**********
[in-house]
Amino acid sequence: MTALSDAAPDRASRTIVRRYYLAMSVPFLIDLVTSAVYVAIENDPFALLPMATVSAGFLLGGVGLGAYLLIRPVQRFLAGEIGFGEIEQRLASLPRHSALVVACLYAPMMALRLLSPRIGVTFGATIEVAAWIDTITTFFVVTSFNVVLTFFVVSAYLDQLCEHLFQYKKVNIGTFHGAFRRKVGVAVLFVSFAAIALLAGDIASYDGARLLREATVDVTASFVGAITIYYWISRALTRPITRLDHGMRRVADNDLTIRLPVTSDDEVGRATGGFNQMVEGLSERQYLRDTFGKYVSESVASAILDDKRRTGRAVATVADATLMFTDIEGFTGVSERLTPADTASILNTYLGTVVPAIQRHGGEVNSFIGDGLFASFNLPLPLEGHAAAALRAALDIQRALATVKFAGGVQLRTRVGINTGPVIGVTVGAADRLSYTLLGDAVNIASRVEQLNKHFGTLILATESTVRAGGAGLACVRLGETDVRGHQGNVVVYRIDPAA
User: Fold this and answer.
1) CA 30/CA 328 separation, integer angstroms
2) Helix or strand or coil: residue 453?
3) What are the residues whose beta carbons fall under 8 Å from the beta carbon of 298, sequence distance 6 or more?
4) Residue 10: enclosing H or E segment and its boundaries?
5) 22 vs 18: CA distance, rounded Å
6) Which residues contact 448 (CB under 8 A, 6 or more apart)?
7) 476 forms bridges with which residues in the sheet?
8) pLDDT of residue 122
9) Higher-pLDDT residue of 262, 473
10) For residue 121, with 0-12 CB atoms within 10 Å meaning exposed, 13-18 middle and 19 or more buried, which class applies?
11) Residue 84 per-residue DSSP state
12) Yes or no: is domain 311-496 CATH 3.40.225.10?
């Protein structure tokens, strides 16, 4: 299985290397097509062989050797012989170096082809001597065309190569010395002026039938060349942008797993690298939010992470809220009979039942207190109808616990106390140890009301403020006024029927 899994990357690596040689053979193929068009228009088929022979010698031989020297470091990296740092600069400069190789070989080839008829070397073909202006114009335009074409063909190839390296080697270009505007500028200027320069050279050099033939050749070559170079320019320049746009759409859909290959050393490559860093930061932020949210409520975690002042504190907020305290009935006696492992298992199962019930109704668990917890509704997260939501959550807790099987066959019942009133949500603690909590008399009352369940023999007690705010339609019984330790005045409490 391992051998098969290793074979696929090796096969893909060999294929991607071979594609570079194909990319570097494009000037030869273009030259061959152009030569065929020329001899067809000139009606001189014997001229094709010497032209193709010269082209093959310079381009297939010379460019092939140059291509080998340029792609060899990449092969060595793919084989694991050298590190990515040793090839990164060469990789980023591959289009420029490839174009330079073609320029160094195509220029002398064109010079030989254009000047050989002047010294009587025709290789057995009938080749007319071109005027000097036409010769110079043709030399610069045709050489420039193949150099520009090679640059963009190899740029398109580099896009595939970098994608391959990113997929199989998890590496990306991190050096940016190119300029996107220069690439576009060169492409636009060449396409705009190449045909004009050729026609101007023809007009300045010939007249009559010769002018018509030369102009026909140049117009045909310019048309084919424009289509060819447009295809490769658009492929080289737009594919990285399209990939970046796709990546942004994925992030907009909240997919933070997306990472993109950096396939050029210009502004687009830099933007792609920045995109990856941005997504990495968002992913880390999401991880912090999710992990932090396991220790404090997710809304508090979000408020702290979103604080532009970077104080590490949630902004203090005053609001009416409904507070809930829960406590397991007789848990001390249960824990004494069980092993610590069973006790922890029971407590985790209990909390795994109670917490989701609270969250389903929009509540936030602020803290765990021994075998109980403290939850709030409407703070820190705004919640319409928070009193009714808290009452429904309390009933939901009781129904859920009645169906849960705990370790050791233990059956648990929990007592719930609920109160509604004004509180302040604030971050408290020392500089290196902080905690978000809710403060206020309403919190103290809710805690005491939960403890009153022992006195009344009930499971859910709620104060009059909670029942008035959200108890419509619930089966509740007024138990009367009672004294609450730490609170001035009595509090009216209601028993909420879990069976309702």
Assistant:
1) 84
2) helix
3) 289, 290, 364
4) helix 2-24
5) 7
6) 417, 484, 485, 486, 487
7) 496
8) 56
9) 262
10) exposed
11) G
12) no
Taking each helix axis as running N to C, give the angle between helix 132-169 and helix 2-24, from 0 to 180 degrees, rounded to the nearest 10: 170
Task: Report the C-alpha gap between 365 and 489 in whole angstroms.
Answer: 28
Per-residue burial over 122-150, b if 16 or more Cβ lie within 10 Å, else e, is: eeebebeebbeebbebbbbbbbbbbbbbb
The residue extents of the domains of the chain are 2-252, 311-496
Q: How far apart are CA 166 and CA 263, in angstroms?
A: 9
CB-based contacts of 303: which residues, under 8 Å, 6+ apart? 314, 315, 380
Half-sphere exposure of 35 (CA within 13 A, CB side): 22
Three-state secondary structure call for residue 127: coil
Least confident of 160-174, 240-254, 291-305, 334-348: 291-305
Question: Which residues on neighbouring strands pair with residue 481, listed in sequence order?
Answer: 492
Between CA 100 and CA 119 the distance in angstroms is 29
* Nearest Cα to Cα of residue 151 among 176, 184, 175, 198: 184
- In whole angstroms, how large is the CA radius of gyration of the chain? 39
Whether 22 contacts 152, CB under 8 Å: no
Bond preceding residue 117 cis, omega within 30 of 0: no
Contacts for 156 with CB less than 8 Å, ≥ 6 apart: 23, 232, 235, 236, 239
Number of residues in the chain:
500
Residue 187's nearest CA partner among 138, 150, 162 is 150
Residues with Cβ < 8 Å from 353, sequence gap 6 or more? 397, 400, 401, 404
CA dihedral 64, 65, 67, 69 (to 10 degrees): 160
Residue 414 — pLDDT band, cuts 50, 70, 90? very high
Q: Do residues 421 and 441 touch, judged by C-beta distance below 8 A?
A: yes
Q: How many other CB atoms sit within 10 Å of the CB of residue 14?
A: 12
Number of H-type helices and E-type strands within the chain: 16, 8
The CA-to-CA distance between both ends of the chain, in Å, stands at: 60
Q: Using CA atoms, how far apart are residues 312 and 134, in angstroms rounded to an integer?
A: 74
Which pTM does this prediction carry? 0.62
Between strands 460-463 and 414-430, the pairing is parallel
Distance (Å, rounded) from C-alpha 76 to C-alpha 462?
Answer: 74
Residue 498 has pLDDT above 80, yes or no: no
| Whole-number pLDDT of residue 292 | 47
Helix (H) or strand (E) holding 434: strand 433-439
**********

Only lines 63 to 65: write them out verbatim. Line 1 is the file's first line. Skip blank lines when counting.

Which pTM does this prediction carry? 0.62
Between strands 460-463 and 414-430, the pairing is parallel
Distance (Å, rounded) from C-alpha 76 to C-alpha 462?